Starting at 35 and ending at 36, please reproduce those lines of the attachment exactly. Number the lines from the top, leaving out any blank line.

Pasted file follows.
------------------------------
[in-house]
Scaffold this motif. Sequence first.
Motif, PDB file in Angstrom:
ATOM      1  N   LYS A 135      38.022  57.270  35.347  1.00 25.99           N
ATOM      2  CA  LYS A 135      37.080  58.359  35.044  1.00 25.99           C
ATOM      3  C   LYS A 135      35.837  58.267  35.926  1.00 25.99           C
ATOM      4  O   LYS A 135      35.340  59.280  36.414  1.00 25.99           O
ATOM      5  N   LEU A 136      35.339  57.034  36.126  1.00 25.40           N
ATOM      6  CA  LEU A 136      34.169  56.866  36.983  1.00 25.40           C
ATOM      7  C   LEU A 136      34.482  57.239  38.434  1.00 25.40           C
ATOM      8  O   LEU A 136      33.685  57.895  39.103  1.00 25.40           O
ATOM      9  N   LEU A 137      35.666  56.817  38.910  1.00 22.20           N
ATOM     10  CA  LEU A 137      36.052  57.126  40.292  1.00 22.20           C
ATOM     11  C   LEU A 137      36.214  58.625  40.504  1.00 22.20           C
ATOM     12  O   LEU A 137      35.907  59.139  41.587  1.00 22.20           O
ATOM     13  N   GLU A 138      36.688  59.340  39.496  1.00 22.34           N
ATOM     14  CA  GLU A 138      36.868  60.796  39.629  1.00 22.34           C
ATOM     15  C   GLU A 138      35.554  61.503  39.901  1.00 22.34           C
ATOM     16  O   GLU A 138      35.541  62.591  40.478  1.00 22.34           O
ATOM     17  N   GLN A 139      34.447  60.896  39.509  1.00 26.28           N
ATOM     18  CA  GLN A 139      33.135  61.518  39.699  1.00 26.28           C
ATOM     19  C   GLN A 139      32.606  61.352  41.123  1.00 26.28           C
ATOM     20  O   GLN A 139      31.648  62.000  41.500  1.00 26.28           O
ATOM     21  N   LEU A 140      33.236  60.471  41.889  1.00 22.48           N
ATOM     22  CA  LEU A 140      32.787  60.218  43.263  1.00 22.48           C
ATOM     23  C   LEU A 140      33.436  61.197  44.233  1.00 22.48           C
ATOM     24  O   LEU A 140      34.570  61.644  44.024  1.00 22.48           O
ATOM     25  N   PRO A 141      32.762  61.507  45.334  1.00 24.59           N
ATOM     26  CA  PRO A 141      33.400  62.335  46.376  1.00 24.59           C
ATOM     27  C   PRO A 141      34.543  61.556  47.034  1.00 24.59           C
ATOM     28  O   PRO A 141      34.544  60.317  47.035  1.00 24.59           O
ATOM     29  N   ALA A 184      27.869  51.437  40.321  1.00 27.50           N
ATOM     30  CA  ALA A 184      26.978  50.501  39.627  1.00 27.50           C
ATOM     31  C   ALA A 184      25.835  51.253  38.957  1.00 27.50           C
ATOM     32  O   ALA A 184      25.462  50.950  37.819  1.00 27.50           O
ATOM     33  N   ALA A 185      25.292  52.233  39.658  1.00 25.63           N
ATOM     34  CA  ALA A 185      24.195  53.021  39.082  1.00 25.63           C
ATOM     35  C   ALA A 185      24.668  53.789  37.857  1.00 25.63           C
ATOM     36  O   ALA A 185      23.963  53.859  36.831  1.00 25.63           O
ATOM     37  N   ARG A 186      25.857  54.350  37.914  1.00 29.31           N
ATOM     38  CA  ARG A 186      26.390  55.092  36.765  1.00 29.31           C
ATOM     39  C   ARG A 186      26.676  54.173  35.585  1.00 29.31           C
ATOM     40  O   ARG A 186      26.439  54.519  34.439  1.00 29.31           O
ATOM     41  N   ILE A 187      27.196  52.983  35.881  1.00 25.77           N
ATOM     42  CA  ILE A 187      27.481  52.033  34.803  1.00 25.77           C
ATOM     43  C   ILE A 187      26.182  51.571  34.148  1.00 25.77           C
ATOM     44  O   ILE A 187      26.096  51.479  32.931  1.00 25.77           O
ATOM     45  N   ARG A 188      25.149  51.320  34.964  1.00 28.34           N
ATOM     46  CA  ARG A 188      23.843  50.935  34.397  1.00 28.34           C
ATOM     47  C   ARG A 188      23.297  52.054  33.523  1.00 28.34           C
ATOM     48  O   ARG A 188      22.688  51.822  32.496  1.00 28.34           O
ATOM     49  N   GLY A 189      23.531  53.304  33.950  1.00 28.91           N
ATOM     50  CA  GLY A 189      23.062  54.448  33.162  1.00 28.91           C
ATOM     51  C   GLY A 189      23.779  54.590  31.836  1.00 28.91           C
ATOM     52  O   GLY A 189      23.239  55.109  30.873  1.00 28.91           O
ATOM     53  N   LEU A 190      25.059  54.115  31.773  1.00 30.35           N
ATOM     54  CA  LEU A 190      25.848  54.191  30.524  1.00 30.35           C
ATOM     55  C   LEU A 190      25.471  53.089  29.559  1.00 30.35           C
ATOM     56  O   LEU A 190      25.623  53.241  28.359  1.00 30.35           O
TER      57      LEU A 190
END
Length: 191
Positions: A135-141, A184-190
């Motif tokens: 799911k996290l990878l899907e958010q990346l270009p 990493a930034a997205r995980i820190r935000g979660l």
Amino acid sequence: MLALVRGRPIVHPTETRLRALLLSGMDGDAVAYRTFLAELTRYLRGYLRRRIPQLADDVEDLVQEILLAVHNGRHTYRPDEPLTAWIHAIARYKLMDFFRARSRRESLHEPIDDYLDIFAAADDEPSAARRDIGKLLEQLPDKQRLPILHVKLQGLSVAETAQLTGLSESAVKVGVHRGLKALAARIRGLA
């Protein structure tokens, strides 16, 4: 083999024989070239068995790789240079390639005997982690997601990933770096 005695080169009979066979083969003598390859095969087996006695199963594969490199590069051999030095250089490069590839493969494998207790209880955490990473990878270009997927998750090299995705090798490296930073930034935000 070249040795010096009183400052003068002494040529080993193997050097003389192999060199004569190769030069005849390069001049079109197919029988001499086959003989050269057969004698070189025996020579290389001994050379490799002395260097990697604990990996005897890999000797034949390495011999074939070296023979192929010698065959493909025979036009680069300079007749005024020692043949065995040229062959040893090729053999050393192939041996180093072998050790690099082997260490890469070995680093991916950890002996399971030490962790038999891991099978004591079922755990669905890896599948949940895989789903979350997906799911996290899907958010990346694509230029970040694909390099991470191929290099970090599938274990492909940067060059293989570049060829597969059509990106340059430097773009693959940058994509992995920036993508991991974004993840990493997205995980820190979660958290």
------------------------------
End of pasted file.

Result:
ATOM     32  O   ALA A 184      25.462  50.950  37.819  1.00 27.50           O
ATOM     33  N   ALA A 185      25.292  52.233  39.658  1.00 25.63           N